Although the total sounds just as likely to be the amount of sleep needed by the average person, it does in fact correspond to daily media consumption in Denmark, according to a report by national broadcaster DR’s media research department.
The broadcaster issues a report annually on media habits amongst consumers in Denmark.
Although the last year has not seen a significant change in the types of media people in Denmark tend to spend their time on, a number of interesting trends can be seen in the new report, according to Dennis Christensen, who heads the DR Medieforskning research unit.
“One of the largest trends we are seeing is that Facebook is going through a decline in usage, particularly amongst young Danes,” Christensen said.
“That is the first time ever that we’ve seen a decrease in the use of Facebook,” he added.
Although most people in the country still have a profile on the social media site – which has seen several controversies of misuse of data within the last year, including in Denmark – daily usage has dropped significantly during the last year.
In 2017, 81 percent of 12-24-year-olds logged on to Facebook daily. That figure decreased to 73 percent last year.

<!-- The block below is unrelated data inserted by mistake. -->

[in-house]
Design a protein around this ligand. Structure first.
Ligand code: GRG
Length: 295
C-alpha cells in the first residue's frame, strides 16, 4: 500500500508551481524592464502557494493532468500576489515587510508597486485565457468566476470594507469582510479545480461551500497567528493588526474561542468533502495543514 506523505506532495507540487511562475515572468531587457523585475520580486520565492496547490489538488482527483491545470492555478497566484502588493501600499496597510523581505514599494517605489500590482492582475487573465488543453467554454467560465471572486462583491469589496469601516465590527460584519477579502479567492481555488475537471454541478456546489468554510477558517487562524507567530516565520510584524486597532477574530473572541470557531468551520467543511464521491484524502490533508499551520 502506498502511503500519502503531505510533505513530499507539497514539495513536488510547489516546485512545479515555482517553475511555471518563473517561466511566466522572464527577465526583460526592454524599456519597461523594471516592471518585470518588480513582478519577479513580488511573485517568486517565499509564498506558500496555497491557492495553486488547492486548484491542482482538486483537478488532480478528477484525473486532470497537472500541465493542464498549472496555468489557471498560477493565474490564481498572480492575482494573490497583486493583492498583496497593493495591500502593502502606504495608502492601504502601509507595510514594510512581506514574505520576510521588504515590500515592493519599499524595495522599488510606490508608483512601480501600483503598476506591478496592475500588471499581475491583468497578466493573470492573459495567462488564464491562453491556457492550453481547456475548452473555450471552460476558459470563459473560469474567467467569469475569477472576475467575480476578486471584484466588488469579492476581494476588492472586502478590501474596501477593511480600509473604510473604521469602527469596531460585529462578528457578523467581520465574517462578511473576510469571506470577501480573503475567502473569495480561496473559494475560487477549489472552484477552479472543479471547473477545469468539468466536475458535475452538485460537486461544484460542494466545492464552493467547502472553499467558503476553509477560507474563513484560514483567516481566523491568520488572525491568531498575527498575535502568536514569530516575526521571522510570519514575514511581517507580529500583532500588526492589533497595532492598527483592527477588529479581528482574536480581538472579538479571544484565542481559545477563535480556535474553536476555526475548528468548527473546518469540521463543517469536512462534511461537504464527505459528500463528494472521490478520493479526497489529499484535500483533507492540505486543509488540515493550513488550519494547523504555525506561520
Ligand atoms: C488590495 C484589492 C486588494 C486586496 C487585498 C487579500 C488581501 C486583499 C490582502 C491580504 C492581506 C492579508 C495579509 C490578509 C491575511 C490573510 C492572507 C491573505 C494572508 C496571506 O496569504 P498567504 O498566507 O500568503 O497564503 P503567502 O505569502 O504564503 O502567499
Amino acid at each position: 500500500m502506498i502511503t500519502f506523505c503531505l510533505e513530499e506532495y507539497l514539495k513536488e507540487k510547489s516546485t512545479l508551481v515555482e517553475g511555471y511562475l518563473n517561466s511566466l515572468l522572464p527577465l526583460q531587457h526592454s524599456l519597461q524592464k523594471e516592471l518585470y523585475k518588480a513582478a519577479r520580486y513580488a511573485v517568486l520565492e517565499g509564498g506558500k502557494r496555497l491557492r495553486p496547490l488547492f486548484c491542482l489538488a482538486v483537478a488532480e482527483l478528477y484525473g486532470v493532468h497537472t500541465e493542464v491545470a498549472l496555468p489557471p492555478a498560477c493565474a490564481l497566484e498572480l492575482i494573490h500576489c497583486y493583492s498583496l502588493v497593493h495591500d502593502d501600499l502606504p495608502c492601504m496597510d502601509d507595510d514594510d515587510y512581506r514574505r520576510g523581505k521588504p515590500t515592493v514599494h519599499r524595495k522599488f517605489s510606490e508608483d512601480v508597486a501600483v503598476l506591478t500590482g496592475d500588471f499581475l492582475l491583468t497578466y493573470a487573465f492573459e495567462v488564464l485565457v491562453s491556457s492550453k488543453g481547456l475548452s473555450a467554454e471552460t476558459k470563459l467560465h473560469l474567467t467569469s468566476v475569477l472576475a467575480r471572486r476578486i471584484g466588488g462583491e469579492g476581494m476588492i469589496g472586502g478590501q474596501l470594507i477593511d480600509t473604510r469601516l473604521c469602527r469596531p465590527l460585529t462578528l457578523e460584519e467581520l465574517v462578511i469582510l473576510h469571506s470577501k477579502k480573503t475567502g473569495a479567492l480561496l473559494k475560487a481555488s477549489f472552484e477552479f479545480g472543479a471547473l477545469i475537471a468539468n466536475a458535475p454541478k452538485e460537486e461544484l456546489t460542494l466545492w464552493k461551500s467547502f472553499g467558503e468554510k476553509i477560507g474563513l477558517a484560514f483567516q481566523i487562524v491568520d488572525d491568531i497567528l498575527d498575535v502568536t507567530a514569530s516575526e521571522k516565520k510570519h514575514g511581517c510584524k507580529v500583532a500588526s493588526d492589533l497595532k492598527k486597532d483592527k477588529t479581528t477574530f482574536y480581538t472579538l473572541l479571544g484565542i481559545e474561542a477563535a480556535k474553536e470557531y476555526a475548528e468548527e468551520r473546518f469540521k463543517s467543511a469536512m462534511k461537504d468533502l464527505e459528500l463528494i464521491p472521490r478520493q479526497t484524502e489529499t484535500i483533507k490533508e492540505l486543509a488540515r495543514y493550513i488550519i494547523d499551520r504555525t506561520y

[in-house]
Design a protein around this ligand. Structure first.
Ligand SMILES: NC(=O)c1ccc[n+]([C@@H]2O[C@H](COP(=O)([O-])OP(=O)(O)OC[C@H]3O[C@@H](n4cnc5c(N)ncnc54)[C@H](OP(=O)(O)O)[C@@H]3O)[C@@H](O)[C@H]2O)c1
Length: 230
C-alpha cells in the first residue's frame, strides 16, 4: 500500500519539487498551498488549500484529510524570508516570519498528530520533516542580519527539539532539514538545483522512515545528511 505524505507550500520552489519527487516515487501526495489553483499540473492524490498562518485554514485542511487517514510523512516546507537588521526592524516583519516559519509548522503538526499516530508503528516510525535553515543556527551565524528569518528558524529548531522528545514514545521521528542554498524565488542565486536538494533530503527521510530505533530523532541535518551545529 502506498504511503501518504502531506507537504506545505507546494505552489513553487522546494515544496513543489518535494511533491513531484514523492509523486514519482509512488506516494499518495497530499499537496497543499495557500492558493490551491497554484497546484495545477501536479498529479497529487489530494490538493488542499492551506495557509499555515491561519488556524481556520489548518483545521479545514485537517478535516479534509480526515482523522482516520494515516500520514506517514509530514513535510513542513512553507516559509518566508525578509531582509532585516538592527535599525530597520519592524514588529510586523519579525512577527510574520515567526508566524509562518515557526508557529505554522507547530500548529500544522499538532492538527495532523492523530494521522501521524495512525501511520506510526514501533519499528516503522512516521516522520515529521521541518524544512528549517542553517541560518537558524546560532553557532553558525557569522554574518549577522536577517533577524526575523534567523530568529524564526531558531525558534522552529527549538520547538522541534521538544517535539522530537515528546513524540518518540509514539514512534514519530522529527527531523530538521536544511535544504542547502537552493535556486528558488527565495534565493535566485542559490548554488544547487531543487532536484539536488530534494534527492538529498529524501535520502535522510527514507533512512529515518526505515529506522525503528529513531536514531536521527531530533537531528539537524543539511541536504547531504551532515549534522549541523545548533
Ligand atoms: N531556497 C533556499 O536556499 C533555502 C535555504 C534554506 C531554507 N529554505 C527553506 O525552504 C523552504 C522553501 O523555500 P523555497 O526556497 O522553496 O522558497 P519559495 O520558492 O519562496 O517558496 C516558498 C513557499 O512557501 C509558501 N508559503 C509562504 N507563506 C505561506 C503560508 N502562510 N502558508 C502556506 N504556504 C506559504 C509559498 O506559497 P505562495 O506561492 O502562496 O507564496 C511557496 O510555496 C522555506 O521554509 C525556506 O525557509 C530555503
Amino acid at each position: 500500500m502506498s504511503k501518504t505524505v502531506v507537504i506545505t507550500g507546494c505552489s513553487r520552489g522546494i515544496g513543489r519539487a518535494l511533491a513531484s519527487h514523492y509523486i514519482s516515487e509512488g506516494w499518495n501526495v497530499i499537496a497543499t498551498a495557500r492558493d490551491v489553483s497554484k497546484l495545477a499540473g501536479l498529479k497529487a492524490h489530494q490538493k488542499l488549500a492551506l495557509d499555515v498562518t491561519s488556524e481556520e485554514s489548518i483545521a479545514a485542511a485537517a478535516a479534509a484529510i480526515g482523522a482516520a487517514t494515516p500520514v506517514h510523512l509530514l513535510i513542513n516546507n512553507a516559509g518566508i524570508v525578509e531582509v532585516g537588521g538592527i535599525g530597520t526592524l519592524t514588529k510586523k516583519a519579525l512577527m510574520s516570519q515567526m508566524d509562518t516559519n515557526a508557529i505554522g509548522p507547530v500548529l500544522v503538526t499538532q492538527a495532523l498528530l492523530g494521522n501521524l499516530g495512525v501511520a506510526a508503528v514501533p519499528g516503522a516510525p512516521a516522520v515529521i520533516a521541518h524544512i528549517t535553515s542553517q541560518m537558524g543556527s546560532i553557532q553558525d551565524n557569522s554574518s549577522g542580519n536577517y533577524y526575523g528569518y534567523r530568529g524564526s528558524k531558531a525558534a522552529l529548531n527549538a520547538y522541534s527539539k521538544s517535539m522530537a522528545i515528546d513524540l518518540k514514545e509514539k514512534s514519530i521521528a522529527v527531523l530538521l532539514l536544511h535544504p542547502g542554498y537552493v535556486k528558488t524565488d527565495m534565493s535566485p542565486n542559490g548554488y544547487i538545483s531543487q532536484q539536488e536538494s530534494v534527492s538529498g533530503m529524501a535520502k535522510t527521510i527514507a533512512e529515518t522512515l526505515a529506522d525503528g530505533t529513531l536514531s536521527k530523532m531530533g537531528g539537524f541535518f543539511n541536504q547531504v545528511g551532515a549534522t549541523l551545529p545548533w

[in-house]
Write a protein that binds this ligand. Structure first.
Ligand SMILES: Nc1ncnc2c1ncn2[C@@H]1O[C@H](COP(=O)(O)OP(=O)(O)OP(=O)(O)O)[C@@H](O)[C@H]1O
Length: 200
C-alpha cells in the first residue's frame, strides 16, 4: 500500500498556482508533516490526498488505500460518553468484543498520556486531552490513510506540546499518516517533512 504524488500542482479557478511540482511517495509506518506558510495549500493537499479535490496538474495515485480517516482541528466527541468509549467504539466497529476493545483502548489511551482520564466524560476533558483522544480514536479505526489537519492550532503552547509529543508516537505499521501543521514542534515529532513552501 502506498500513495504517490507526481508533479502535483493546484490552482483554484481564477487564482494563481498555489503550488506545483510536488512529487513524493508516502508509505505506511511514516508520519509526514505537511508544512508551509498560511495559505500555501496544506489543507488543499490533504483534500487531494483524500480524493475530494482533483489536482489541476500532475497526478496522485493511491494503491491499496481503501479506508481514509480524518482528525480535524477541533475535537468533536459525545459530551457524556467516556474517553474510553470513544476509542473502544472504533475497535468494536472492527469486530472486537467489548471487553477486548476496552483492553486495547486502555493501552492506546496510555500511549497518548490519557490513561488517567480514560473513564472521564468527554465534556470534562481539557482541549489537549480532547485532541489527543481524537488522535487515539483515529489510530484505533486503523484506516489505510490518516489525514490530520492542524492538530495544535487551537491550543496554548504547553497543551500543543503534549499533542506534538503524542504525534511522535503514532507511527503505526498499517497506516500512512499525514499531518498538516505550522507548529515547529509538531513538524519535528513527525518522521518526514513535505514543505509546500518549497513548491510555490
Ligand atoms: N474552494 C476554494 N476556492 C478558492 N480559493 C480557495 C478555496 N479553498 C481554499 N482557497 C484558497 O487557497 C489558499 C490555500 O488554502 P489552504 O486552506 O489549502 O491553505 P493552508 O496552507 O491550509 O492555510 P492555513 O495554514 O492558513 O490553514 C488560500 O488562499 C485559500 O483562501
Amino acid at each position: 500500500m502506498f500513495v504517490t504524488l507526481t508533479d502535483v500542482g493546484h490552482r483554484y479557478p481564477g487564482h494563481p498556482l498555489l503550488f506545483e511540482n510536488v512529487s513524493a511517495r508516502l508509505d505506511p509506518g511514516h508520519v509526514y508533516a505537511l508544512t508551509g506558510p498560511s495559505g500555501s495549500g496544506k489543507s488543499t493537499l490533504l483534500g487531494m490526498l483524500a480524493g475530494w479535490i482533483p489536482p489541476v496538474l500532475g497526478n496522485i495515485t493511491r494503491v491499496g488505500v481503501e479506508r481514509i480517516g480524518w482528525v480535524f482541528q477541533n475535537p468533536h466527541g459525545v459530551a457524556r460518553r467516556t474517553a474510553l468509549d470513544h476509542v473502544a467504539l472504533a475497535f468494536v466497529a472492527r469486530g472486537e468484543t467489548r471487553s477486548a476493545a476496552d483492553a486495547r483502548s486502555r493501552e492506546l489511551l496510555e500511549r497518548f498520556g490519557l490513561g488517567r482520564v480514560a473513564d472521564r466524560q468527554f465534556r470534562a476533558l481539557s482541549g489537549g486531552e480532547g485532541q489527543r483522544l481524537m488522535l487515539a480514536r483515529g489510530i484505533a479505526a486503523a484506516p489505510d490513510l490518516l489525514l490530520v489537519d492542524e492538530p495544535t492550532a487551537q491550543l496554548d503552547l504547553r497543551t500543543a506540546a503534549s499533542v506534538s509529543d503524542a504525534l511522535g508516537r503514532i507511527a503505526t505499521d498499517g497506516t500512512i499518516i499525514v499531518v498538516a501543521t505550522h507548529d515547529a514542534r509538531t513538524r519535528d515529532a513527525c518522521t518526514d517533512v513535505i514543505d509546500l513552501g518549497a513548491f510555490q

Meanwhile, the study also found that digital media are becoming an increasingly large part of everyday life.
“What we can see is that Danes are becoming more digital. That means they are spending more and more time on streaming services like Netflix and Spotify, and less on conventional television,” Christensen said.
“But it is very clear that most Danes spend time on both types of media,” he added.
Streaming of television series and films saw a slight increase in 2018, with 48 percent using such services at least once a week compared to 46 percent in 2017.
An average of 142 minutes daily is spent watching television, a drop of 8 minutes against the previous year.
“The trend we have seen for the last few years will continue.
“What will be interesting will be to see whether the pace of change will continue as it has in the last couple of years. Or whether 2019 will be the year in which change will really begin to gain pace,” Christensen said.
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